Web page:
In this video, Vox’s Phil Edwards interviews Galen Davis of Quixel at Epic Games. His job is as a game developer, but sometimes, he goes out into the desert to scan rocks.
This scanning process is a crucial new stage in making realistic 3D games today. Rather than modeling and texturing assets manually, designers often rely on scanned assets to make their games, movies, or other 3D productions look real. Quixel sent Davis to Moab, Utah, just to scan the exotic terrain there for use in the Unreal Engine video game.
There are other ways to get assets for 3D productions as well, from apps on your phone to the many different available marketplaces, which means photorealistic assets can be downloaded instead of created, allowing designers to save time and improve the quality of their work.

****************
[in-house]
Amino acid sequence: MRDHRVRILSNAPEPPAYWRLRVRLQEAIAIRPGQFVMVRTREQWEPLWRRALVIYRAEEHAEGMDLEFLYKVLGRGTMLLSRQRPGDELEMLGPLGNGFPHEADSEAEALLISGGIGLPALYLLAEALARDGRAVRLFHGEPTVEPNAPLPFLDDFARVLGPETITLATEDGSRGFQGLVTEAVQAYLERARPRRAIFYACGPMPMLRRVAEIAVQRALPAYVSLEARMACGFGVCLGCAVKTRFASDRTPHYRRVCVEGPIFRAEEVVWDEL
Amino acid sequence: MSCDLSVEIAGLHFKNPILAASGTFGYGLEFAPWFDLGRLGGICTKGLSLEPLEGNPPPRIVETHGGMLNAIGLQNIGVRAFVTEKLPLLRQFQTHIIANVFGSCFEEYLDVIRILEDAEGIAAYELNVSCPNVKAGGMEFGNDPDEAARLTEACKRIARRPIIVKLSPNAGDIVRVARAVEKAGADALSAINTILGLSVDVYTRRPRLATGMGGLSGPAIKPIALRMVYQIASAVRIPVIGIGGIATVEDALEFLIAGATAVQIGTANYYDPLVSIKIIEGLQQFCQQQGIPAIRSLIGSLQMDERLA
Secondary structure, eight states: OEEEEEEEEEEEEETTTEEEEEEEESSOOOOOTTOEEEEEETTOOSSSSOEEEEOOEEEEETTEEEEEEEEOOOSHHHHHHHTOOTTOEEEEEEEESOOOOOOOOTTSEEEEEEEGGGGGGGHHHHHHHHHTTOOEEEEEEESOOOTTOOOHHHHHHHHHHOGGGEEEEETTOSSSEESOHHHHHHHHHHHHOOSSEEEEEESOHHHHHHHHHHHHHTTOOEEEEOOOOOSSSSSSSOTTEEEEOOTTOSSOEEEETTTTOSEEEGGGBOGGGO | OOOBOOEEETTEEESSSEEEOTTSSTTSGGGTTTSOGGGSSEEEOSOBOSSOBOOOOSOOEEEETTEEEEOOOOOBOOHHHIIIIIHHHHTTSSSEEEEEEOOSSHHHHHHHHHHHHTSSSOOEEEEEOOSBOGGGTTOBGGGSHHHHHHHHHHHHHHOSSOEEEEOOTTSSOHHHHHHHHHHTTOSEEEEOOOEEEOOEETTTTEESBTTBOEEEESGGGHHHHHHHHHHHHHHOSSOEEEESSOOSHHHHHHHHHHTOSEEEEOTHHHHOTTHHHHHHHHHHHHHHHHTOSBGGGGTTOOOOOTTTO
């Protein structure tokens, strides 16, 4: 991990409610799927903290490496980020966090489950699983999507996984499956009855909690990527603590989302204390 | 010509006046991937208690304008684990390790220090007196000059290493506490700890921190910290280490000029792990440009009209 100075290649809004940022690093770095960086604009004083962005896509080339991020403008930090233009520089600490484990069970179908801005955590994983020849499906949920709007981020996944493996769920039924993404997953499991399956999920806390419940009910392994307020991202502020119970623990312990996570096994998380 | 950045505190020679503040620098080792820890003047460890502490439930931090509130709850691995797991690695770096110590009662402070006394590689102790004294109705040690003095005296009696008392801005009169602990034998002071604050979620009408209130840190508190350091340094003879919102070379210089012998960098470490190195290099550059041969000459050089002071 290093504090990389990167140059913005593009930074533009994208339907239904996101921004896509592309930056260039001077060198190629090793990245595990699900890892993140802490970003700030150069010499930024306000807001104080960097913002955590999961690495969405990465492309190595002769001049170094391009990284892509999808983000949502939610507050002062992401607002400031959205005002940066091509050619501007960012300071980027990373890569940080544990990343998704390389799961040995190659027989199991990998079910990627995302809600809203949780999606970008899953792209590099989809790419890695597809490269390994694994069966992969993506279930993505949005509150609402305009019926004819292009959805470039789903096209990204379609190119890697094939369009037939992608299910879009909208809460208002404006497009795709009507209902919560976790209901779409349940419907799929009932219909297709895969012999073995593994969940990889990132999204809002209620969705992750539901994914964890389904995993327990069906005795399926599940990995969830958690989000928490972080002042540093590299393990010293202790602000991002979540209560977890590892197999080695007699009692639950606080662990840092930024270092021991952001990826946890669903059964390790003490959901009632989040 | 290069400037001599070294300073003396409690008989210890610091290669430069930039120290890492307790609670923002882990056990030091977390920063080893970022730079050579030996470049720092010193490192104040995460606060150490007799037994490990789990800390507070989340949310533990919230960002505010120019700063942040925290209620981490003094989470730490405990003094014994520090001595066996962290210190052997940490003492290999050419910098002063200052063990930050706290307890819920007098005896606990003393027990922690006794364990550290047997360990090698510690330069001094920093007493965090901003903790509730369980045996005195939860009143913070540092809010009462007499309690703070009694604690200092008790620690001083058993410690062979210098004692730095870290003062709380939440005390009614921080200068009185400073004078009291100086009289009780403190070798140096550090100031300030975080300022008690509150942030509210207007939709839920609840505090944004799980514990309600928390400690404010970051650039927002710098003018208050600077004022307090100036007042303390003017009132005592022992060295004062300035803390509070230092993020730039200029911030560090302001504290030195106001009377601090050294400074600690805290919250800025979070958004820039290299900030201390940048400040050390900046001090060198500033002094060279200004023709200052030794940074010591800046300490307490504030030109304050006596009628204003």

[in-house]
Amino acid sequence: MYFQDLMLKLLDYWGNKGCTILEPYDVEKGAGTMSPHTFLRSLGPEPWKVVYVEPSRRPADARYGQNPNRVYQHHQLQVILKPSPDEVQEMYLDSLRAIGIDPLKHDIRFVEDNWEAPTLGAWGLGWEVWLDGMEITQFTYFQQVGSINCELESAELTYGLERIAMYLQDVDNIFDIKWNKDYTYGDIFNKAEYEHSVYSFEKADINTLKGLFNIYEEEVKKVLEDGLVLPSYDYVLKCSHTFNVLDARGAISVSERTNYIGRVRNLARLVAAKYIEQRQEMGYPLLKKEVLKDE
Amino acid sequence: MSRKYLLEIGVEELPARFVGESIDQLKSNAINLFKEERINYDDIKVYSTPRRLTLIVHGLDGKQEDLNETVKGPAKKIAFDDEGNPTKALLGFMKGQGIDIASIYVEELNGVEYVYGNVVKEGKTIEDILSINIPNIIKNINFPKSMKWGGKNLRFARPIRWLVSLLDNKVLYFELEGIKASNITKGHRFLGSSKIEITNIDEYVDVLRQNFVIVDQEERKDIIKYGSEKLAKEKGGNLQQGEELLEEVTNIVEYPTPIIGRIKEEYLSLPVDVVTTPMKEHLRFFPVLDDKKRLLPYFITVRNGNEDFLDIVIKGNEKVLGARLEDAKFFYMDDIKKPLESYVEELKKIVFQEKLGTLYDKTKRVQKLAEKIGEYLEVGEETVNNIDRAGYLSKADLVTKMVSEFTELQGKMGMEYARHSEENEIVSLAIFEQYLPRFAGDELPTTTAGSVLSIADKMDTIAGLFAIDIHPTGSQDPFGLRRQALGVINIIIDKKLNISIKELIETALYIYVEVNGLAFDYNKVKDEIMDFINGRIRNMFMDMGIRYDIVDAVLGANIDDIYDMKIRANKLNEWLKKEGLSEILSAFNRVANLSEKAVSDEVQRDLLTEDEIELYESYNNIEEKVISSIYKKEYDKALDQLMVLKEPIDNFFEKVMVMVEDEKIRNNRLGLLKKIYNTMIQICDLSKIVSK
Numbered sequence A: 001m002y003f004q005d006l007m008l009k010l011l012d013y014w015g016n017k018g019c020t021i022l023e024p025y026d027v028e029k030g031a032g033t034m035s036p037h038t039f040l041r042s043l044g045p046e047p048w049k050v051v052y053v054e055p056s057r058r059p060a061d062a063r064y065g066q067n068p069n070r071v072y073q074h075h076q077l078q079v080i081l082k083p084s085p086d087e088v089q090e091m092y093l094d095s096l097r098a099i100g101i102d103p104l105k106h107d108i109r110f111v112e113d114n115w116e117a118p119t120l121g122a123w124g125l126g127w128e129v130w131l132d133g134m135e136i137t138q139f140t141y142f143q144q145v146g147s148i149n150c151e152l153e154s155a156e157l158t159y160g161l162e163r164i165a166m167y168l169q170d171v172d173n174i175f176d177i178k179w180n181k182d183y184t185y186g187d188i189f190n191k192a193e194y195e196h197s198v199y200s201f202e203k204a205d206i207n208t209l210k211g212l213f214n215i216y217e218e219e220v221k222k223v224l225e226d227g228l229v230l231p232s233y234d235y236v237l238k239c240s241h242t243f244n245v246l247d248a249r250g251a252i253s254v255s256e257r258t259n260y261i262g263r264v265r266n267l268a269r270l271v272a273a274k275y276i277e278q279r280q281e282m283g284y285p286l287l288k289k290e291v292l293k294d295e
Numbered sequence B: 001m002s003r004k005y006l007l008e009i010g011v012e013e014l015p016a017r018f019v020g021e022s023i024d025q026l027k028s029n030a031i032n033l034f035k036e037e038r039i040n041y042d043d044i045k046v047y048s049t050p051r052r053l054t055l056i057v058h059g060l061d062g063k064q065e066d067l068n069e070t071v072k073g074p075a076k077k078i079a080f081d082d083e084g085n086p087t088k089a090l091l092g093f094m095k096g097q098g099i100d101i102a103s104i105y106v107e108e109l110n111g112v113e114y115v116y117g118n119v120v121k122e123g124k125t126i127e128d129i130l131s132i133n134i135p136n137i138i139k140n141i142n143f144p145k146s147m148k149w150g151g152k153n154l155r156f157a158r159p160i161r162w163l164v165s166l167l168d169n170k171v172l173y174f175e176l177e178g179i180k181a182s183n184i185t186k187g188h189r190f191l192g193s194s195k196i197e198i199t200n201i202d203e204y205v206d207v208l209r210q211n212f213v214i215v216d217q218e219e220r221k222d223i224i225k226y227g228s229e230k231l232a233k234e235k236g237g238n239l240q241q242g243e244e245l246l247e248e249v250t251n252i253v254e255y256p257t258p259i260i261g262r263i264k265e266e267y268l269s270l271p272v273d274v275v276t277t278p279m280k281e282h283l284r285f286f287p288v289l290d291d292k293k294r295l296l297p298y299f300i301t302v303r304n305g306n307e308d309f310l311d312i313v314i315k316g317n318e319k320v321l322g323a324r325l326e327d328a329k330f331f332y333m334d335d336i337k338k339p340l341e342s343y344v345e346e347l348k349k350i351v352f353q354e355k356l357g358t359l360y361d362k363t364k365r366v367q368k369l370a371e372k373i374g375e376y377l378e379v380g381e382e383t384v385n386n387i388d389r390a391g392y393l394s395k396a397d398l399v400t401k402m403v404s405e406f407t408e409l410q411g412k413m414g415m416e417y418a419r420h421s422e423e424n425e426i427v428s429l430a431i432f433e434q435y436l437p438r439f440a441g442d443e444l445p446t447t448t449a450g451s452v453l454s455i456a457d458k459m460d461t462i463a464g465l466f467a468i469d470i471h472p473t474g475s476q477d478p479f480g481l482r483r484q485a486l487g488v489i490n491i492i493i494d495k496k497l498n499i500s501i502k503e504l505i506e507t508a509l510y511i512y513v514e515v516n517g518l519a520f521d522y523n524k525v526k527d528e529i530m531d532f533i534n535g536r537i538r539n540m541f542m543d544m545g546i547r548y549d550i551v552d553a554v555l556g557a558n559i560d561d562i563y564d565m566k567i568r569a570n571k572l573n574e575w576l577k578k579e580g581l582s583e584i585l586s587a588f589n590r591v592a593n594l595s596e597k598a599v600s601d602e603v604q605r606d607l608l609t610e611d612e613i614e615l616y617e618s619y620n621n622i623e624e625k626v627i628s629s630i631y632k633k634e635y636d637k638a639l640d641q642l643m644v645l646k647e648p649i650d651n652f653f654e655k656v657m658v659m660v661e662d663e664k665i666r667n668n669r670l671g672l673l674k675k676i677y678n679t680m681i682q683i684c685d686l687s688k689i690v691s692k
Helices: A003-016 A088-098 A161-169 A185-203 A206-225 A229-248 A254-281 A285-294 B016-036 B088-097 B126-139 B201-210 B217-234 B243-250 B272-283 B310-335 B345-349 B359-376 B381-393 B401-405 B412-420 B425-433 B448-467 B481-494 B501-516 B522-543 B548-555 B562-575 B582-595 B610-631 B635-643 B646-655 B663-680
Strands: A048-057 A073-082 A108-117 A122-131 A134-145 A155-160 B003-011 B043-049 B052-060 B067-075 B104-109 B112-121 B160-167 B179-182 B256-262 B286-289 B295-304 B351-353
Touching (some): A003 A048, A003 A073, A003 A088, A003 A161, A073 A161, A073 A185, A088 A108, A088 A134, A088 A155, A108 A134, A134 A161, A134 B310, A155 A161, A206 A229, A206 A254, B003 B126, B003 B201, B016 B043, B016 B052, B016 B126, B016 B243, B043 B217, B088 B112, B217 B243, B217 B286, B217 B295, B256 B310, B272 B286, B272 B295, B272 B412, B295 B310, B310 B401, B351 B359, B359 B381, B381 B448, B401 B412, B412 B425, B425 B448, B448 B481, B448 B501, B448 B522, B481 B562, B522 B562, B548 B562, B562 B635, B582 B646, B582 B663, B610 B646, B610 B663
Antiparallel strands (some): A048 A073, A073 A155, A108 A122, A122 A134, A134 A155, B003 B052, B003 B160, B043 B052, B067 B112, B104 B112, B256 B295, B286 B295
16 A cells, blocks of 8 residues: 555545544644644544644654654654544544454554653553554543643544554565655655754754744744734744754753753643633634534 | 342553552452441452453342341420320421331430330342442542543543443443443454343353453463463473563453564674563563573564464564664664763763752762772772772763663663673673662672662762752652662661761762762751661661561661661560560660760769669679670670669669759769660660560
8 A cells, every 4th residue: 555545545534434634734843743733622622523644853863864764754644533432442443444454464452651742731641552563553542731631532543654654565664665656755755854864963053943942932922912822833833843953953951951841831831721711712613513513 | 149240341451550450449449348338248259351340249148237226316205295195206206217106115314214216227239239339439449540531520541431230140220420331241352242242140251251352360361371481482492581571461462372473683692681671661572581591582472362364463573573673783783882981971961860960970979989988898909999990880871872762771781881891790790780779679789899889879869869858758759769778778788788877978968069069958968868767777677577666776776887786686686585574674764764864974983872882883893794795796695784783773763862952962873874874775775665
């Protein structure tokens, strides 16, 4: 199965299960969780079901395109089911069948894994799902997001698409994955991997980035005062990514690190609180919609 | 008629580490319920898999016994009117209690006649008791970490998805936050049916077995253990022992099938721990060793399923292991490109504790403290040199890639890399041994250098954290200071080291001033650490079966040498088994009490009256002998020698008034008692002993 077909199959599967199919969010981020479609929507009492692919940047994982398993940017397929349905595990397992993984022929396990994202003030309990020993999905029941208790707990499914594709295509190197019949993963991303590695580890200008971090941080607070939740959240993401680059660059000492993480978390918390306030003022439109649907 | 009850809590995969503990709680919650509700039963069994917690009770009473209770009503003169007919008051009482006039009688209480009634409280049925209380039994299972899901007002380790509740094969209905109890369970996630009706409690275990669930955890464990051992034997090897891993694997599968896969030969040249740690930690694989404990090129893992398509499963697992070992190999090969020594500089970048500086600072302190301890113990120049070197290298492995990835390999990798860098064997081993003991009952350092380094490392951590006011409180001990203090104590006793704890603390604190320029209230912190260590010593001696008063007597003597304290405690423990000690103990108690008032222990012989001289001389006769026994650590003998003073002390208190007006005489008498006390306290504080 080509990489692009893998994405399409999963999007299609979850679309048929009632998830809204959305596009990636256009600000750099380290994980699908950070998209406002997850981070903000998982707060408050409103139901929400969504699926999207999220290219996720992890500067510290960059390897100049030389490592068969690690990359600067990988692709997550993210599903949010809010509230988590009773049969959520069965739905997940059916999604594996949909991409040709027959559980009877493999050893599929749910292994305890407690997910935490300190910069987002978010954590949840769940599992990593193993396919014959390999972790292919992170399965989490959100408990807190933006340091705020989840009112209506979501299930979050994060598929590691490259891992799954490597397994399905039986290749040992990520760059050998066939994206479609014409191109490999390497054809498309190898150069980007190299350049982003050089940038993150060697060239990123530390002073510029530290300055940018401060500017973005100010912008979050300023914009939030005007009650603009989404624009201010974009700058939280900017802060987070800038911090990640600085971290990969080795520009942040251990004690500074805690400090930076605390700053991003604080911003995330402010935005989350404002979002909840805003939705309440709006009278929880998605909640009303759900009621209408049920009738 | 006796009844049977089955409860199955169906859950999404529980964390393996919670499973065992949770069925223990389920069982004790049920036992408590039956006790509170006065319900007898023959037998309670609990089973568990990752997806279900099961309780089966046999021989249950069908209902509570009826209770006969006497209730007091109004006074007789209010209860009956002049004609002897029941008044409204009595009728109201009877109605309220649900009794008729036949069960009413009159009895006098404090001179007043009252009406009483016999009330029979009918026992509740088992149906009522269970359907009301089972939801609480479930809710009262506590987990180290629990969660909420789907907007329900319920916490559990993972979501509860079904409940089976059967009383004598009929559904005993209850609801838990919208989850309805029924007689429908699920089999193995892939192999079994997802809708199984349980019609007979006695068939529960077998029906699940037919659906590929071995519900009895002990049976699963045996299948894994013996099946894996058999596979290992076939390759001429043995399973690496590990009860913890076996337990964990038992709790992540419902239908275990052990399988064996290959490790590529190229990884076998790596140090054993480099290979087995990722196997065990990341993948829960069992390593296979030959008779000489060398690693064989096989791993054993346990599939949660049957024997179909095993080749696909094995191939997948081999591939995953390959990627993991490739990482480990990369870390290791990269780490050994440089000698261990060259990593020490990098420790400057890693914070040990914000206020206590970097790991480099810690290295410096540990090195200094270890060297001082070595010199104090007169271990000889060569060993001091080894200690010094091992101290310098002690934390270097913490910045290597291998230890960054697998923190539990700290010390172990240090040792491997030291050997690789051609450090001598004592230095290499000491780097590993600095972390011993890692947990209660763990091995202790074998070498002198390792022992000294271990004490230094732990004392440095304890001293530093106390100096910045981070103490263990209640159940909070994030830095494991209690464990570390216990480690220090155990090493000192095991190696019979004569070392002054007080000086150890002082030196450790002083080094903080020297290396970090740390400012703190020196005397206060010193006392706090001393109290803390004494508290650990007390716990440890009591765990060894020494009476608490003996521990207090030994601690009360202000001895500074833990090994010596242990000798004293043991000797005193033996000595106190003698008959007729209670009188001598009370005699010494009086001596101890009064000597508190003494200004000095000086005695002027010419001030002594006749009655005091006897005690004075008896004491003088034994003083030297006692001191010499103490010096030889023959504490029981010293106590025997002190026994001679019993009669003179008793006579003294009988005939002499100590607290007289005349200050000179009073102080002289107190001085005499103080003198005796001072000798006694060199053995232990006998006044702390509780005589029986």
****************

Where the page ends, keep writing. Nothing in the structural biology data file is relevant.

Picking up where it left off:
This process of photogrammetry isn’t just used for games, but in many different disciplines. For instance, you can browse and download the Smithsonian Museum’s collection of 3D objects, including the Apollo 11 command module.
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